Make no mistake exhibitions are expensive, so why is it that many companies don’t make the most of exhibitions where they take space? This fact was brought home recently when we attended very typical trade show. We went with a shopping list. We wanted to buy, either on the day or once we had done our research amongst potential suppliers and considered our options. The thing that really struck me was that although we had in-depth conversations with exhibitors on many stands offering the things we were interested in, it was remarkable how few of the people we spoke to asked for contact details, or showed any interest in keeping in touch. To put the numbers into context, we visited over 30 stands. In all cases we were interested enough to spend time finding out more about their offering, and in most cases explained that our key objective was to do research prior to making a purchase. Of the 30 stands we visited, only 1 took contact details and asked if we were OK for them to keep in touch! As most of the stands were actually taking orders on the day, I must assume that they were only interested if you were actually going to buy then and there, but what a wasted opportunity! In the age of email and social media, real “opted in” contacts are like gold dust. For each of those exhibitors, we were an opportunity:
- That we were at the show suggests that we are in their target market
- We had taken the time to stop and speak to them
- We had explained that we were researching prior to a purchase – (i.e. we had a requirement and a budget)
- We would have been more than willing to give them an email address (Had they been bothered to ask!)
These exhibitors were viewing the show as an event. They would prepare for it, take as many orders on the day as possible, and then move on to the next event. By switching their thinking to the marketing process, they would see that the long term objective was to build relationships with people who wanted what they are selling, on the basis that these people would then buy when they were ready. The show then becomes just one part of a joined-up process, and a great opportunity to build their contact lists. Lists that could then be used post-show to continue to develop relationships and ultimately to turn them into customers! Sales on the day could almost be seen as a bonus. Treating the exhibition as a direct sales opportunity means the maths is simple:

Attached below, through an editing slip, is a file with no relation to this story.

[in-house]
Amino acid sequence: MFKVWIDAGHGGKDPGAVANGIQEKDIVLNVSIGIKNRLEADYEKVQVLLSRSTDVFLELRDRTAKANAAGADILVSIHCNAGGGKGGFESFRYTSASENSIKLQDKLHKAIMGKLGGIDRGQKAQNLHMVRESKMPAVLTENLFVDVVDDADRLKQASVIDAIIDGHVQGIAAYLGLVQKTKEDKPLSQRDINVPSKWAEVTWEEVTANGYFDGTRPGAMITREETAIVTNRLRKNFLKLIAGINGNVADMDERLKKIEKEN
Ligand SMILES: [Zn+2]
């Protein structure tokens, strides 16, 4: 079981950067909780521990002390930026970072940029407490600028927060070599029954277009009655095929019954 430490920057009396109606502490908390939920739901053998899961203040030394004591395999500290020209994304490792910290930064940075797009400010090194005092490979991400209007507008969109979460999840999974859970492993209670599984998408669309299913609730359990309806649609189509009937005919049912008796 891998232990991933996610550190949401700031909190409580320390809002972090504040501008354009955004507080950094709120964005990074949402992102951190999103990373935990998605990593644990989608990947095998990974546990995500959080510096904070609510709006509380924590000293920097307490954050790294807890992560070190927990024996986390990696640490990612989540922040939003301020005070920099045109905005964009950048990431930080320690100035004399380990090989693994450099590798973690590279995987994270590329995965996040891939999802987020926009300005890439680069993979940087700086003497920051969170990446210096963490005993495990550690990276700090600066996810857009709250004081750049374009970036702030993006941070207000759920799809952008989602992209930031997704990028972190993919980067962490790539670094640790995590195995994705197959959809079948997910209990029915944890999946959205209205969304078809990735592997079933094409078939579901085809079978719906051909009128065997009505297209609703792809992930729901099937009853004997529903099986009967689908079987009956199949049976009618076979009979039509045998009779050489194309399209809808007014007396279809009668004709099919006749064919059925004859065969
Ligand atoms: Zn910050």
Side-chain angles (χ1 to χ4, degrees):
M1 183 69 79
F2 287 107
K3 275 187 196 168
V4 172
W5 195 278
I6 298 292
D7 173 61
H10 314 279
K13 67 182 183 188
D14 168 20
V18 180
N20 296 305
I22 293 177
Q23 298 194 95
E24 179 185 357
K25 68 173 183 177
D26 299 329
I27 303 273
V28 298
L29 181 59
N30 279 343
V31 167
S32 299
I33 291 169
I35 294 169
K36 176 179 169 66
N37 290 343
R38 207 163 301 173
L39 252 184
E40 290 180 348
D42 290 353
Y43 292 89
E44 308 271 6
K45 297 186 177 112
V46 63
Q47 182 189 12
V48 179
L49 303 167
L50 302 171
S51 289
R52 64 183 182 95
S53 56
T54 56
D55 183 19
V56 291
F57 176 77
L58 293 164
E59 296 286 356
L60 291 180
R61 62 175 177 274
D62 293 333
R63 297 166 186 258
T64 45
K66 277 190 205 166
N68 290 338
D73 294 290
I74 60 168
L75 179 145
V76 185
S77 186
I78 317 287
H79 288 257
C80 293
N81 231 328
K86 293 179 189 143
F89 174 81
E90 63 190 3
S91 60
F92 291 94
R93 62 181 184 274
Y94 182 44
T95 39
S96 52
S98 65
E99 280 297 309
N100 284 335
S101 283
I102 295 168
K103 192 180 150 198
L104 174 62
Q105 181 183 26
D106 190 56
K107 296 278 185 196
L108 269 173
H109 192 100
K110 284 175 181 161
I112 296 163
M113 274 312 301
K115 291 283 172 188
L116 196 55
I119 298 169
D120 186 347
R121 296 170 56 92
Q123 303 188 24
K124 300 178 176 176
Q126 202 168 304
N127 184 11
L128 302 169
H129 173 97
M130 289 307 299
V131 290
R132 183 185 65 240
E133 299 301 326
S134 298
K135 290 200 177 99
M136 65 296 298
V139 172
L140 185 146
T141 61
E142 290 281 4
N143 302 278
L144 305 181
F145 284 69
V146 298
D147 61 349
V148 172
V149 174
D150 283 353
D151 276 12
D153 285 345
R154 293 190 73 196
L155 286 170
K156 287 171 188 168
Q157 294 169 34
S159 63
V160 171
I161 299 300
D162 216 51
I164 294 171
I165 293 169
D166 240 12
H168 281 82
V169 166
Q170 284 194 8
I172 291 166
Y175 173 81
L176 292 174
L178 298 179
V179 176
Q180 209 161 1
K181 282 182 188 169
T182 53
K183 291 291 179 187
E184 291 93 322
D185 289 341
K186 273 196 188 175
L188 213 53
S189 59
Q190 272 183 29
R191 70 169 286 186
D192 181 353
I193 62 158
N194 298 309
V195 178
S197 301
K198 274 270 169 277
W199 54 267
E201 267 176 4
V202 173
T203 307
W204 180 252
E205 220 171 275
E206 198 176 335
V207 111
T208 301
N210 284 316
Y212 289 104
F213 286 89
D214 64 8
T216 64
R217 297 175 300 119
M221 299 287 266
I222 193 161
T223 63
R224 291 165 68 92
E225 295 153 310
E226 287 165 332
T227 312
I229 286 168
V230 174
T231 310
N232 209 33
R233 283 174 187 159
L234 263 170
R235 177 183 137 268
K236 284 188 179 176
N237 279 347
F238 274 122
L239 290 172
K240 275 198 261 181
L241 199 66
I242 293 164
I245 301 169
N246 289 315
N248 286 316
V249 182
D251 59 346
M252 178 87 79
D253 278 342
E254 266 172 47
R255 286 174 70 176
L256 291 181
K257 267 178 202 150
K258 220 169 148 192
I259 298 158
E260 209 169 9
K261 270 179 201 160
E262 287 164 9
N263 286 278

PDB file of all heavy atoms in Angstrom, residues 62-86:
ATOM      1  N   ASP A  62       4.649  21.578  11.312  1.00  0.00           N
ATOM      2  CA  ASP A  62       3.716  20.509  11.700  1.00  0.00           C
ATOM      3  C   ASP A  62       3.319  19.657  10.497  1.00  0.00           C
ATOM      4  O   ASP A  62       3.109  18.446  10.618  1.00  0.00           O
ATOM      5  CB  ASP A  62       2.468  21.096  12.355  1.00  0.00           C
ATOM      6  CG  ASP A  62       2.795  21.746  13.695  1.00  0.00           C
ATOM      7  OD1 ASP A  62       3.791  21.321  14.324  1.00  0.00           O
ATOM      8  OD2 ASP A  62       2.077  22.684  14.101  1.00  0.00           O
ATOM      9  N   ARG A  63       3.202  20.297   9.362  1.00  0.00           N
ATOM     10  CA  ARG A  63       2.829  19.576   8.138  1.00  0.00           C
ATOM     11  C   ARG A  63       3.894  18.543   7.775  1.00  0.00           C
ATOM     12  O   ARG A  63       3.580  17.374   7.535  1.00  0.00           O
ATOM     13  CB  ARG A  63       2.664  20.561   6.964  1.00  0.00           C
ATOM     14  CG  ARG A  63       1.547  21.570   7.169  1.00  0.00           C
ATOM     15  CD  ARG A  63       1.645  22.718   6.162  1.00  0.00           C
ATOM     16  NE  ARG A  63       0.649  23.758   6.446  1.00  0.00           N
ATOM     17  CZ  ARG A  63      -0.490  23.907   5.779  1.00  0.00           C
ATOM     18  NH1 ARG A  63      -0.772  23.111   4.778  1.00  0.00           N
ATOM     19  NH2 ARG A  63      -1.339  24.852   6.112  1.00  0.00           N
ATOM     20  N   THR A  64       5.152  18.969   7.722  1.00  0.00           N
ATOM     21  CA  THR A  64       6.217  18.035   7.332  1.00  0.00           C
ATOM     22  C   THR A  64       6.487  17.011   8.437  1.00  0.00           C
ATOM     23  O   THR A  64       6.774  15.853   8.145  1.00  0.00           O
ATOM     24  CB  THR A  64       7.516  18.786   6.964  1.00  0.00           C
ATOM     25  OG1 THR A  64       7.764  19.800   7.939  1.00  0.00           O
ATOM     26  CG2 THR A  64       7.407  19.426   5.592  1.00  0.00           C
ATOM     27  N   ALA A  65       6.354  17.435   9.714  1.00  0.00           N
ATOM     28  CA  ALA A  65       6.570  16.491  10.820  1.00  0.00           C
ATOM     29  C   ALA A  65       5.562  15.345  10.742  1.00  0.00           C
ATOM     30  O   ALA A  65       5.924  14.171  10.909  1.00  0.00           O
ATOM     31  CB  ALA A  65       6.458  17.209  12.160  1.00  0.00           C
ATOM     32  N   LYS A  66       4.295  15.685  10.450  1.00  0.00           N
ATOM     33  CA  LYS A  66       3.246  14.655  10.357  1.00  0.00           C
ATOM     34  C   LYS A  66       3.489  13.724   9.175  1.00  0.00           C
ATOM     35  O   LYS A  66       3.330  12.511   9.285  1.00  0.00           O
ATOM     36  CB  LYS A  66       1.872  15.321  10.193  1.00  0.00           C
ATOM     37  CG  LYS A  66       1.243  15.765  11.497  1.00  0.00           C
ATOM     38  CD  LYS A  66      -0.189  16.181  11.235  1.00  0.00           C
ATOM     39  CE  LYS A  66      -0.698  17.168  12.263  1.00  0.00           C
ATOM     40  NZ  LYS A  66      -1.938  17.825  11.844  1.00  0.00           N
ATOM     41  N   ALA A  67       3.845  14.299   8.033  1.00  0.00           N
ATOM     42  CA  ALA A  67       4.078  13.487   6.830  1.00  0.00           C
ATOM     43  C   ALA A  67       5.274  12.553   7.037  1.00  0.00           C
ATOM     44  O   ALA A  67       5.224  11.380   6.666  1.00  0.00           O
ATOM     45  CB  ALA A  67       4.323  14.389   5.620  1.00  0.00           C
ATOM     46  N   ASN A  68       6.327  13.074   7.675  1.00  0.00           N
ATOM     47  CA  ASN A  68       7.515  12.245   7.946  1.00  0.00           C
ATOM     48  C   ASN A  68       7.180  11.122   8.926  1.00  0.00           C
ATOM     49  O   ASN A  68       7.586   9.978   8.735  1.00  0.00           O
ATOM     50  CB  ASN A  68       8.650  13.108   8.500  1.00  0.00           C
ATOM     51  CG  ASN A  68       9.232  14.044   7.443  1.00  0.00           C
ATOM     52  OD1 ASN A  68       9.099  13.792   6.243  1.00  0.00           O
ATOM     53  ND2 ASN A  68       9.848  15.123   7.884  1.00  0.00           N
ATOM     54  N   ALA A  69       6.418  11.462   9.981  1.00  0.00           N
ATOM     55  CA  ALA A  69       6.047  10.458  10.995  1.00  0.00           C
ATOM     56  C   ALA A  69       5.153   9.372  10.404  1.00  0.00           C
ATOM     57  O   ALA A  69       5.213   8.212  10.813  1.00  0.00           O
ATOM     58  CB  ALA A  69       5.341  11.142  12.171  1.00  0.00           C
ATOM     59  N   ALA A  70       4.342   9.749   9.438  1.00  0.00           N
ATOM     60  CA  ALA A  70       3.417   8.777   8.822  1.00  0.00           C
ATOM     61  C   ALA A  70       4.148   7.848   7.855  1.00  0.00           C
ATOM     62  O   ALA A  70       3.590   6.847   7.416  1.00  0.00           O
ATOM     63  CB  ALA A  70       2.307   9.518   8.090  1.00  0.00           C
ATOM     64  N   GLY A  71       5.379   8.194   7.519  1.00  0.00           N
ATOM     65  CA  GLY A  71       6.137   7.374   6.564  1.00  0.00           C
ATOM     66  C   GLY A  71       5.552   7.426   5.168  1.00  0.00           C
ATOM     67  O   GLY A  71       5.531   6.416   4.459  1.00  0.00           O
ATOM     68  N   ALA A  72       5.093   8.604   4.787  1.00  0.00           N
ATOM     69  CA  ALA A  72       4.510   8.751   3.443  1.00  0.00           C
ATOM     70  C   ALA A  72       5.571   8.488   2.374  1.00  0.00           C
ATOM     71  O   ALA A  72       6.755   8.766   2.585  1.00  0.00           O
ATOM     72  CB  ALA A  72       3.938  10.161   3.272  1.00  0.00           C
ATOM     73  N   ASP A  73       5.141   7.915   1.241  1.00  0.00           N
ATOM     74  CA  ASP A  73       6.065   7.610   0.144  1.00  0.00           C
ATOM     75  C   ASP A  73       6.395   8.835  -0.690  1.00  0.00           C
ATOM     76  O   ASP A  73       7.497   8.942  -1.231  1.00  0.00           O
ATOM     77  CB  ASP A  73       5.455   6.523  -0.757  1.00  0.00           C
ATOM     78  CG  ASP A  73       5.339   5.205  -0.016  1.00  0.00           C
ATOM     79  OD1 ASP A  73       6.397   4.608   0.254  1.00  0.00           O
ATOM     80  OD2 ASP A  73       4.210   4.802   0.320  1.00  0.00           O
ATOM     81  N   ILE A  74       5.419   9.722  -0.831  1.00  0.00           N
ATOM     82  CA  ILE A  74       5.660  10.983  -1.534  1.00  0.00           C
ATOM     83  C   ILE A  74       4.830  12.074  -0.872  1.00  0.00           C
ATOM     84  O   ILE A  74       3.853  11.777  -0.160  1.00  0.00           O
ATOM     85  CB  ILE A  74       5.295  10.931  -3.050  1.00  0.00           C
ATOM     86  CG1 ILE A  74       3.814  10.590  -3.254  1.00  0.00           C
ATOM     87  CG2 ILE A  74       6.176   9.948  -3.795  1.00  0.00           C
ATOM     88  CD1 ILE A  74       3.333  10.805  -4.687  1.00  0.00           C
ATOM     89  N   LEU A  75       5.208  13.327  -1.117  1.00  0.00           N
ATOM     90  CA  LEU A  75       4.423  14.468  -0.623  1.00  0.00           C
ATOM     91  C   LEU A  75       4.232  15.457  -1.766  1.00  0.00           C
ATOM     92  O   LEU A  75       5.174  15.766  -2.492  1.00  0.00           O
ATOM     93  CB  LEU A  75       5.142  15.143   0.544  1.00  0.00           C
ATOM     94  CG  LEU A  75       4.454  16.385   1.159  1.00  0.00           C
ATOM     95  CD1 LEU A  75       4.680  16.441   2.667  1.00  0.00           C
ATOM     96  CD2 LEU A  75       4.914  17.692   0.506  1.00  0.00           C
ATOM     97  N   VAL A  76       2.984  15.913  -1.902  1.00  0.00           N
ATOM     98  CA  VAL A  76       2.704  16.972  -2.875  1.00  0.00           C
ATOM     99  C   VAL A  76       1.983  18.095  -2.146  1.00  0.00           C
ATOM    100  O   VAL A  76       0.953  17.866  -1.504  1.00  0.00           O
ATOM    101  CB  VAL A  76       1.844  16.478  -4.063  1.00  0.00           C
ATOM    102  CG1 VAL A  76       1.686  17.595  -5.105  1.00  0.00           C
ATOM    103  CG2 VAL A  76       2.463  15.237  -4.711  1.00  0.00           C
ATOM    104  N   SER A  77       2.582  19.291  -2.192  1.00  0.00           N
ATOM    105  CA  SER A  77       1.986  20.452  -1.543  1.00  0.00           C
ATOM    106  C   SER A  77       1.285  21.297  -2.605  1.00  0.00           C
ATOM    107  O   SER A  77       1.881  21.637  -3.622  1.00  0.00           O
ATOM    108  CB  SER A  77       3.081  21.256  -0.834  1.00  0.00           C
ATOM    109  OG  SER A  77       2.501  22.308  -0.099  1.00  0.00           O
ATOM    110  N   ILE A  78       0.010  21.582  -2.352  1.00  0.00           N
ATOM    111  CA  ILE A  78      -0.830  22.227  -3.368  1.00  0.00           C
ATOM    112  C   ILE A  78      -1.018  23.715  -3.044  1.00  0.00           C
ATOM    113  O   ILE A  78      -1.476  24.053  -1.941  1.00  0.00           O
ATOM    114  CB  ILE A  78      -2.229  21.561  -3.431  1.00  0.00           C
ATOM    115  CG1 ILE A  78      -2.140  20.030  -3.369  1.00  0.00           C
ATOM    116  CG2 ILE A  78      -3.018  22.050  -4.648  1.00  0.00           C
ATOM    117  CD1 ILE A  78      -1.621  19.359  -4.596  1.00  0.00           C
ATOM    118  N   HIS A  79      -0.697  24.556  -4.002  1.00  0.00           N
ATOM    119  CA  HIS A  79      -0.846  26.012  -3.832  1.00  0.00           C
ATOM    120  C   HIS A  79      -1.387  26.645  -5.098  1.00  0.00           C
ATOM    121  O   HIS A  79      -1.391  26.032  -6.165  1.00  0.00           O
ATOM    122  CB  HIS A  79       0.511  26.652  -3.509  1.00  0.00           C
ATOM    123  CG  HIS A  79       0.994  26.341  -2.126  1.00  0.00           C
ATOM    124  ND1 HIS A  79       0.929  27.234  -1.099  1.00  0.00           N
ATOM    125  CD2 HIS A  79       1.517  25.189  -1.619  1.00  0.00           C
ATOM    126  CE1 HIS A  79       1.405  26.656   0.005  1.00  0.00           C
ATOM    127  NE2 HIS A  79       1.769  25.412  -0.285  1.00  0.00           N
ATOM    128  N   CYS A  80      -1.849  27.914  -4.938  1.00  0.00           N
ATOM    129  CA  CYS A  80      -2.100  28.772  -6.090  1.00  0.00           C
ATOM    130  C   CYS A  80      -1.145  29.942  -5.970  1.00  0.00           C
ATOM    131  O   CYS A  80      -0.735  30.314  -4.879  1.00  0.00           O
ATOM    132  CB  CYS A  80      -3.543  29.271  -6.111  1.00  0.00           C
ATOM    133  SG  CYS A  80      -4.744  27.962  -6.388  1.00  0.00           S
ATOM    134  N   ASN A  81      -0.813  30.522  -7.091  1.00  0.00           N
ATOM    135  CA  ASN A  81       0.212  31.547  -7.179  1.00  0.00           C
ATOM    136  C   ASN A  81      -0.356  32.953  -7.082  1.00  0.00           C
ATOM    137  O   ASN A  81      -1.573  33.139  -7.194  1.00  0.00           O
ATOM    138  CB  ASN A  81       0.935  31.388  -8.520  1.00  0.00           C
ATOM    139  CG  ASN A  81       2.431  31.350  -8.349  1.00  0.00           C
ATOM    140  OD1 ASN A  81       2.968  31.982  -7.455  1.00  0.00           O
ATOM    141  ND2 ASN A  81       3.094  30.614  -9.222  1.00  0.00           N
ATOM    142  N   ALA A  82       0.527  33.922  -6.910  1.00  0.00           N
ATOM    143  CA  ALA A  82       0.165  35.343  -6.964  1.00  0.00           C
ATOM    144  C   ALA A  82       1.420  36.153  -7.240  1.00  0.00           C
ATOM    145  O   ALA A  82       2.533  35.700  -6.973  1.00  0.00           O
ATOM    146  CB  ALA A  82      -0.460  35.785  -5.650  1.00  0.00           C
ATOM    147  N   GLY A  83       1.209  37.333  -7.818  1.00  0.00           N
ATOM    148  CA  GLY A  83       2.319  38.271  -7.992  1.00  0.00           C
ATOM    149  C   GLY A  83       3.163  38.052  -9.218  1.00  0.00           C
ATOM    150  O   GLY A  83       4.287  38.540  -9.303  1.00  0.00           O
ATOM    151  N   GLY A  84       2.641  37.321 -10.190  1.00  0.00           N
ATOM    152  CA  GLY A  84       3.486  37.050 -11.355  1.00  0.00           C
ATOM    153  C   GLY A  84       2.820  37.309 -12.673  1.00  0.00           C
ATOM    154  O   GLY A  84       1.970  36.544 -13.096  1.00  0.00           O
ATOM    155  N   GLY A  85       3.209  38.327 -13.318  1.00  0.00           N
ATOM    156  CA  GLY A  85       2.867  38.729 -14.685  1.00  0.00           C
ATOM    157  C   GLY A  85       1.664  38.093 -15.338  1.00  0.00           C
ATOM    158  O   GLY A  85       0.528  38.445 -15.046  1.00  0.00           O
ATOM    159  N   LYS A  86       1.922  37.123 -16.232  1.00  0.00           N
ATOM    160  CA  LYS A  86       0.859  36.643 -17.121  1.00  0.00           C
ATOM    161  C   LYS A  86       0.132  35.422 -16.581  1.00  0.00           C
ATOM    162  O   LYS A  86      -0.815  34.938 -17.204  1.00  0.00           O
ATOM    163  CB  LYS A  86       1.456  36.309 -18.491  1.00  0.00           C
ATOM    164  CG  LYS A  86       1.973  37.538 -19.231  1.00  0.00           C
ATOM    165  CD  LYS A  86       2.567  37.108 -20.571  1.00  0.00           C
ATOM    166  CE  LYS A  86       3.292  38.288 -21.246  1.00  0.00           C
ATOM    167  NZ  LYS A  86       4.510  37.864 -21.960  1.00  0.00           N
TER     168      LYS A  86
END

Value=Gross profit on the day – Cost of attending
Value of the event is directly related to orders taken but no value is placed on enquirers who don’t buy there and then – a big missed opportunity in a joined-up marketing world
Treat the event as part of the marketing process, and the equation becomes slightly more complex:
Value=Gross profit on the day + Future value of all additional well-qualified contacts
Given that most people do not buy on the day but do buy in the coming weeks and months, this second approach gives a significantly enhanced valued, much less dependent on people making the snap decision to buy on the day.
It also creates a significantly better platform for building your business.
Follow up is important too…
“But I already take contact details.”, I hear you cry! If you do, that’s wonderful, but what you then do with that information? In the Business to Business world, exhibitions are usually more about contacts than direct sales, and a core focus of exhibitions identifying potential sales leads, but the value then comes from what you do with them. Let me take you through a scenario: You take a stand at an exhibition and at the end you have a database of 200 people who you have spoken to on the day. These are then divided up and passed on to the “sales team” to follow up. The sales team then ‘cherry pick’ those where they think they can get a quick sale (after all, sales teams tend to be measured on revenue). The rest will probably wither and die. A better solution might be to let the sales team cherry pick and handle the short term opportunities, then feed the rest into a longer term communications process using a mix of direct marketing tools that will ensure that they are not forgotten, and are developed into the short-term opportunities of the future. Take this approach, and whilst exhibitions may be expensive, they also become a valuable part of a joined-up marketing process, that can deliver real, long term return on investment. If any of this has struck a chord with you, we would be delighted to talk to you about how we can help you get the most out of your investment in exhibitions & events.